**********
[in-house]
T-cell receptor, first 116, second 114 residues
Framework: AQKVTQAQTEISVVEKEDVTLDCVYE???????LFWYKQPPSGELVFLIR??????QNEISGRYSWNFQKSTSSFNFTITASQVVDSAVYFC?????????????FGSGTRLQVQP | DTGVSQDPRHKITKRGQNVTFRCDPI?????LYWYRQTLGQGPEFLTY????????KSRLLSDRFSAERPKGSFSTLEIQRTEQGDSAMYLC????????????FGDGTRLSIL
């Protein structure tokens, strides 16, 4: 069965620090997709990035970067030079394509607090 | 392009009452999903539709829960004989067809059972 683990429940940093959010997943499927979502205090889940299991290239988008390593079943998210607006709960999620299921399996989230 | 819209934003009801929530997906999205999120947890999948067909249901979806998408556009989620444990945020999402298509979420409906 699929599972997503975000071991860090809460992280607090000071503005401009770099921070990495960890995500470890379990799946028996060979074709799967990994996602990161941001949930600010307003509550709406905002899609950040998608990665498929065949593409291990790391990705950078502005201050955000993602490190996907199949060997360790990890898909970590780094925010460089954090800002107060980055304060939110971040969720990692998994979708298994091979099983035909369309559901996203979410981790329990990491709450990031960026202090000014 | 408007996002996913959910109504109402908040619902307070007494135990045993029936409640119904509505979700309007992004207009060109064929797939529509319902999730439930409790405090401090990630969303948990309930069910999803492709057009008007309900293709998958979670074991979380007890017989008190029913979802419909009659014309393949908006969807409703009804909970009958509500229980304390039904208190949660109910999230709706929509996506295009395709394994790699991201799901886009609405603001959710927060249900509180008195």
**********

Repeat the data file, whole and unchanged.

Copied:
[in-house]
T-cell receptor, first 116, second 114 residues
Framework: AQKVTQAQTEISVVEKEDVTLDCVYE???????LFWYKQPPSGELVFLIR??????QNEISGRYSWNFQKSTSSFNFTITASQVVDSAVYFC?????????????FGSGTRLQVQP | DTGVSQDPRHKITKRGQNVTFRCDPI?????LYWYRQTLGQGPEFLTY????????KSRLLSDRFSAERPKGSFSTLEIQRTEQGDSAMYLC????????????FGDGTRLSIL
């Protein structure tokens, strides 16, 4: 069965620090997709990035970067030079394509607090 | 392009009452999903539709829960004989067809059972 683990429940940093959010997943499927979502205090889940299991290239988008390593079943998210607006709960999620299921399996989230 | 819209934003009801929530997906999205999120947890999948067909249901979806998408556009989620444990945020999402298509979420409906 699929599972997503975000071991860090809460992280607090000071503005401009770099921070990495960890995500470890379990799946028996060979074709799967990994996602990161941001949930600010307003509550709406905002899609950040998608990665498929065949593409291990790391990705950078502005201050955000993602490190996907199949060997360790990890898909970590780094925010460089954090800002107060980055304060939110971040969720990692998994979708298994091979099983035909369309559901996203979410981790329990990491709450990031960026202090000014 | 408007996002996913959910109504109402908040619902307070007494135990045993029936409640119904509505979700309007992004207009060109064929797939529509319902999730439930409790405090401090990630969303948990309930069910999803492709057009008007309900293709998958979670074991979380007890017989008190029913979802419909009659014309393949908006969807409703009804909970009958509500229980304390039904208190949660109910999230709706929509996506295009395709394994790699991201799901886009609405603001959710927060249900509180008195």